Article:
Kazakhstan’s not famous as a staunch defender of political freedoms and human rights, and its chairmanship of the Organization for Security and Cooperation in Europe (OSCE) this year hasn’t been noted for its focus on democratic values.

Given Astana’s controversial record, that’s perhaps not surprising. Nevertheless, President Nursultan Nazarbayev is now lecturing other member states on their commitment to the core values of the OSCE and its predecessor, the CSCE, which include respecting democracy, media freedom and human rights.

“Unfortunately, today the principles and obligations set out in the CSCE/OSCE founding documents are ever more not being observed to the full," Nazarbayev lamented in an interview with Euronews (the text of which was carried by Kazakhstan’s state news agency Kazinform).

He knows what he’s talking about. For a start, Kazakhstan has never had an election judged free and fair by the OSCE’s observer missions. The last parliamentary election in 2007 saw Nazarbayev’s own party, Nur Otan, sweep up all elected seats in the lower house amid cries of foul play by the opposition, leading to a rubber-stamp one-party parliament that Nazarbayev described at the time as“a wonderful opportunity” to modernize Kazakhstan.
Nazarbayev himself won re-election with a staggering 91 percent of the vote in 2005.

Opposition leaders breathed a sigh of relief at the time, though, since constitutionally that was his last term in office – until the one-party parliament passed amendments lifting term limits for Nazarbayev personally (“the first president”) in 2007, leaving him free to stand in elections for the rest of his life. He’s already confirmed he’s standing in 2012, leaving observers wondering if the man once dubbed “Mr. 91 Percent” by journalist Sergey Duvanov will beat his own record.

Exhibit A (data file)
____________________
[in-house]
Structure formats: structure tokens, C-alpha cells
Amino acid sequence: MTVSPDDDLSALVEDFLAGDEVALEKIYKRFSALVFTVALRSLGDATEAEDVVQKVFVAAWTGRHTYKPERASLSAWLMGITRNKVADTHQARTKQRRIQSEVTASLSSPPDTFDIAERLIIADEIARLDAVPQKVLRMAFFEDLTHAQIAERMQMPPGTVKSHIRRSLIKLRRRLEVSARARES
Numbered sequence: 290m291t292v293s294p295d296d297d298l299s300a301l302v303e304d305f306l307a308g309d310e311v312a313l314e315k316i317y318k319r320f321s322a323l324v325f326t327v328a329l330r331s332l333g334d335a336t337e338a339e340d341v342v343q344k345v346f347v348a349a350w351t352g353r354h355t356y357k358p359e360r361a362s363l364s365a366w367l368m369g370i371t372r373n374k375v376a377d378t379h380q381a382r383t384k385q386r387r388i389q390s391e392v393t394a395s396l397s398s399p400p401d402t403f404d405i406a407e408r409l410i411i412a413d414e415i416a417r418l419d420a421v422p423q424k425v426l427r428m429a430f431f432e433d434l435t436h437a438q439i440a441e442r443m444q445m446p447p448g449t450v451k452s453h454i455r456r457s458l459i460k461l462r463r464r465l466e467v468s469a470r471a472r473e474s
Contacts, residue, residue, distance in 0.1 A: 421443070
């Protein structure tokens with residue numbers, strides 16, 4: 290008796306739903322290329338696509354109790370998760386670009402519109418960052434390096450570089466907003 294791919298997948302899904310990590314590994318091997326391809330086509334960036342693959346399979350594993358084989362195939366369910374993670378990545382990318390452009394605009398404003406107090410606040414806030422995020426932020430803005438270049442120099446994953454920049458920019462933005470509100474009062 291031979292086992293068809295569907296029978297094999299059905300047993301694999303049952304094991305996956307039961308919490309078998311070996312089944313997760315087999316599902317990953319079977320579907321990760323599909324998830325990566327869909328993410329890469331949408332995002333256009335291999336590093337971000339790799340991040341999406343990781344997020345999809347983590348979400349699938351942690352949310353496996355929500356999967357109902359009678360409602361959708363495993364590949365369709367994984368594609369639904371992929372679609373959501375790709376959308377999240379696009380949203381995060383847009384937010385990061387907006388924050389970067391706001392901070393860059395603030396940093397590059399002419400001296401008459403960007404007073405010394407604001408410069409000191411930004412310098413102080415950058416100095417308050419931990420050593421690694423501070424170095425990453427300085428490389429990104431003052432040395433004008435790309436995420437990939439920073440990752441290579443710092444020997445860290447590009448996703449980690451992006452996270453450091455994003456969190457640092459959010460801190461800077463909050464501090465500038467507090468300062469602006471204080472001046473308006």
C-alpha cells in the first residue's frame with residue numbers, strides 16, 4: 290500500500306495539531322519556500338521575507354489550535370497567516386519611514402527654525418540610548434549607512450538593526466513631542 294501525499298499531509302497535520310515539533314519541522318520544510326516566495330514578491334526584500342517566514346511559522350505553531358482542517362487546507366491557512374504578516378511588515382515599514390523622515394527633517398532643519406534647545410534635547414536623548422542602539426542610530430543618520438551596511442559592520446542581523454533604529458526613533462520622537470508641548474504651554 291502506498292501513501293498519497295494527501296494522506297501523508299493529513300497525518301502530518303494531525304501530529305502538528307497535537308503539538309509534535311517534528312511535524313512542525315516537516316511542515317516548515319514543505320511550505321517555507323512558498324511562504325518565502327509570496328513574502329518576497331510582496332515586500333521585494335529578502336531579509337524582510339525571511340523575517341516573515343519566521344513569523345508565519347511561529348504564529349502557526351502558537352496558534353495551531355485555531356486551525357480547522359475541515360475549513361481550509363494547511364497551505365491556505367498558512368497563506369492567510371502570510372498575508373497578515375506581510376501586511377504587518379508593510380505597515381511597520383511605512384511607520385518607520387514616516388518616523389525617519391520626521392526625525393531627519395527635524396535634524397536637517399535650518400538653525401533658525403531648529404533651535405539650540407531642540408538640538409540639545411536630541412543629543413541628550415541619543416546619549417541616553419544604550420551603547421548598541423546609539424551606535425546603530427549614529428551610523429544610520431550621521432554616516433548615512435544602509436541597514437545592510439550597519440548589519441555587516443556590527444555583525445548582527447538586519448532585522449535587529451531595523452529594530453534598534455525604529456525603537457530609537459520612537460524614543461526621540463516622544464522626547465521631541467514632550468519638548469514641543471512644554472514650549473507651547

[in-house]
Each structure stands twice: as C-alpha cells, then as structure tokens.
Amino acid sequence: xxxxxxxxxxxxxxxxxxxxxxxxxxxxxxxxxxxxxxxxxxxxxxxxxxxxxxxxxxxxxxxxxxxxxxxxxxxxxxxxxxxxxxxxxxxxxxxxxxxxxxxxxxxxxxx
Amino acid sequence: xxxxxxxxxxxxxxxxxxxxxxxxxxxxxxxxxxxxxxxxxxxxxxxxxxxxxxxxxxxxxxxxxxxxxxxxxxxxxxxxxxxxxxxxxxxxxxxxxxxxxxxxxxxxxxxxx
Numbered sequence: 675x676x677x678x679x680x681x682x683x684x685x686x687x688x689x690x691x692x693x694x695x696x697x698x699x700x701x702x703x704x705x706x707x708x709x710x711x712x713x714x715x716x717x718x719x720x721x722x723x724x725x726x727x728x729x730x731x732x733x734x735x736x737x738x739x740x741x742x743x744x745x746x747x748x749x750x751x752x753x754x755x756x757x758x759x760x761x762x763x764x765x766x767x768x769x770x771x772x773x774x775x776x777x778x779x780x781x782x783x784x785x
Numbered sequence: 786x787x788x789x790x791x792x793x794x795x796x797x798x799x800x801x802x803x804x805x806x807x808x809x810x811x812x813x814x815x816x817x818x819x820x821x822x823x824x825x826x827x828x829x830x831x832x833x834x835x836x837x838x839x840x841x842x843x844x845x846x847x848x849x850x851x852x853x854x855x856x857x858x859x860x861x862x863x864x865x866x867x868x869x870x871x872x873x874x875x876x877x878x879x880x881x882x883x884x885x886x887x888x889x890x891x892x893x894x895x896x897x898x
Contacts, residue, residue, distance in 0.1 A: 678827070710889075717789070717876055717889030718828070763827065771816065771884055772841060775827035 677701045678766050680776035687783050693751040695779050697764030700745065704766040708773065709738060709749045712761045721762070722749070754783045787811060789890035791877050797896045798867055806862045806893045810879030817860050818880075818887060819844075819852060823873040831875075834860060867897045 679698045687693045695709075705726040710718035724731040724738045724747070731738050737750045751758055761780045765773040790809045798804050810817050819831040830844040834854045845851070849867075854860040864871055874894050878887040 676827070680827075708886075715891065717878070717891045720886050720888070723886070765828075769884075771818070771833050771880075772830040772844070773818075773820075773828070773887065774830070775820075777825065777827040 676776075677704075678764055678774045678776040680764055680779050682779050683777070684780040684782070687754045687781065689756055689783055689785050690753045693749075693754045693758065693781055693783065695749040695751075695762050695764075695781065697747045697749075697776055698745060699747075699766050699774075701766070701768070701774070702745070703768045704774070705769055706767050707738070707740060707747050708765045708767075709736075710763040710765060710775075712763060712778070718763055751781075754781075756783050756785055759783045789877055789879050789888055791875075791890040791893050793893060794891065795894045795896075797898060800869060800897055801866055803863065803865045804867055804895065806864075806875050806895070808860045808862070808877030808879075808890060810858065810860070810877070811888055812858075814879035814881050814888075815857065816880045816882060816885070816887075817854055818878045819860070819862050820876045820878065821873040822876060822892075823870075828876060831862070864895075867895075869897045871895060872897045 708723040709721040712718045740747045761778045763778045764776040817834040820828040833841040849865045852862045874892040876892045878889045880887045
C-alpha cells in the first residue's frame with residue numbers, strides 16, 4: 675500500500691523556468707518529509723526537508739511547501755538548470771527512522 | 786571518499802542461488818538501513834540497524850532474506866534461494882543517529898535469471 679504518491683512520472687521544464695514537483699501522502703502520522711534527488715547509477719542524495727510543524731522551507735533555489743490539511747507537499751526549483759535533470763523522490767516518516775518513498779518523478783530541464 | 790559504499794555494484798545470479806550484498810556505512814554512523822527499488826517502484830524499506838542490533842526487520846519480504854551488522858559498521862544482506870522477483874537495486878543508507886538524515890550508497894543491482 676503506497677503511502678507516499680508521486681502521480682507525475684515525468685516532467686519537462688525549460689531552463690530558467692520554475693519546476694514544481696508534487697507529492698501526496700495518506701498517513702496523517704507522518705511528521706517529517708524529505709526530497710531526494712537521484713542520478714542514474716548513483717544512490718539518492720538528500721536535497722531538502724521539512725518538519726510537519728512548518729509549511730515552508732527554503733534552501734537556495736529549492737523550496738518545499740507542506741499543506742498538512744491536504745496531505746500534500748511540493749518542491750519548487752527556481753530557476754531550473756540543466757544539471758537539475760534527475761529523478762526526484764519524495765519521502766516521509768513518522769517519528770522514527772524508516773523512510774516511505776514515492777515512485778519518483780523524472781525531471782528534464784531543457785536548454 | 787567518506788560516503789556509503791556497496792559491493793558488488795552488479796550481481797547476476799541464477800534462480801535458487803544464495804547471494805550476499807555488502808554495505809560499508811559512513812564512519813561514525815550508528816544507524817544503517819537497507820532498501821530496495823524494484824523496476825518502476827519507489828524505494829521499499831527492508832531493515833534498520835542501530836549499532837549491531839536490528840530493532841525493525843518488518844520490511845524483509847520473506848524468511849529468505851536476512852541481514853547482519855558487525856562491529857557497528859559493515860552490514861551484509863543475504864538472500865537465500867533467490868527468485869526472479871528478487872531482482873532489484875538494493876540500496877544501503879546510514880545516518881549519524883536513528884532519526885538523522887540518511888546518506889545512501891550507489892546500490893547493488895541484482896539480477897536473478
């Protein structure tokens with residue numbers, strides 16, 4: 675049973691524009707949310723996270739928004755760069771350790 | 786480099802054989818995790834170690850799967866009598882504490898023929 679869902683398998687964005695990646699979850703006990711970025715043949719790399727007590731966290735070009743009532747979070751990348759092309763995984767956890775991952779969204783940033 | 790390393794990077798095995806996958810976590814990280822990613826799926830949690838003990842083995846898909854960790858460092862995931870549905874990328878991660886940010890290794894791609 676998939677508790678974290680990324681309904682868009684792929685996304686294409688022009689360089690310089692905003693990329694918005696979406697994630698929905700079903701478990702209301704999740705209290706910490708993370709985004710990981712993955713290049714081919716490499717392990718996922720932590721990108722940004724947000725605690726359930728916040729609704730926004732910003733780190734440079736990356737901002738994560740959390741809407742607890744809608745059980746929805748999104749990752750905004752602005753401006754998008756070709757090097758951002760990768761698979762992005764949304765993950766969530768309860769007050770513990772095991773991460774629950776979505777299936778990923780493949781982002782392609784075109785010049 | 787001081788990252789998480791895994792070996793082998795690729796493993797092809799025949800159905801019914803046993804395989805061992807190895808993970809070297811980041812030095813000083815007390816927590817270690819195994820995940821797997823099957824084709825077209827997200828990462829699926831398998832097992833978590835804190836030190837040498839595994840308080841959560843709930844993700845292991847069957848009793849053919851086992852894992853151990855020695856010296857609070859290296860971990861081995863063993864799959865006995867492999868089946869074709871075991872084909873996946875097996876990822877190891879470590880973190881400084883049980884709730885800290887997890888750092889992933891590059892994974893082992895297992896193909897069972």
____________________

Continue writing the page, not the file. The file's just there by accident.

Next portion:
Little wonder that Belarusian President Alyaksandr Lukashenka recently described Kazakhstan as“the light of democracy” when called upon to defend his own time in office – a mere 16 years compared to Nazarbayev’s two decades.

Kazakhstan’s OSCE chairmanship has also been marked by controversy over media freedoms, with the New York-based Committee to Protect Journalists (CPJ) warning in September that “by disregarding human rights and press freedom at home, Kazakhstan has compromised the organization’s international reputation as a guardian of these rights, undermined the OSCE’s relevance and effectiveness, and thus devalued human rights in all OSCE states.”

Nazarbayev didn’t mention any of this to Euronews, but he did talk up Kazakhstan’s role in mediating in neighboring Kyrgyzstan during political and ethnic violence this year. The OSCE continues to support Kyrgyzstan, he added, singling out “economic and humanitarian assistance, and also assuring the rule of law and preventing interethnic conflicts.”

His support is timely, as Human Rights Watch again urges the Kyrgyz authorities to investigate fresh violence against defendants at trials in southern Kyrgyzstan stemming from June’s ethnic violence.

But this raises another question: Exactly five months after ethnic violence broke out in Osh, just where are the 52 police officers the OSCE promised in July to send to Kyrgyzstan’s south?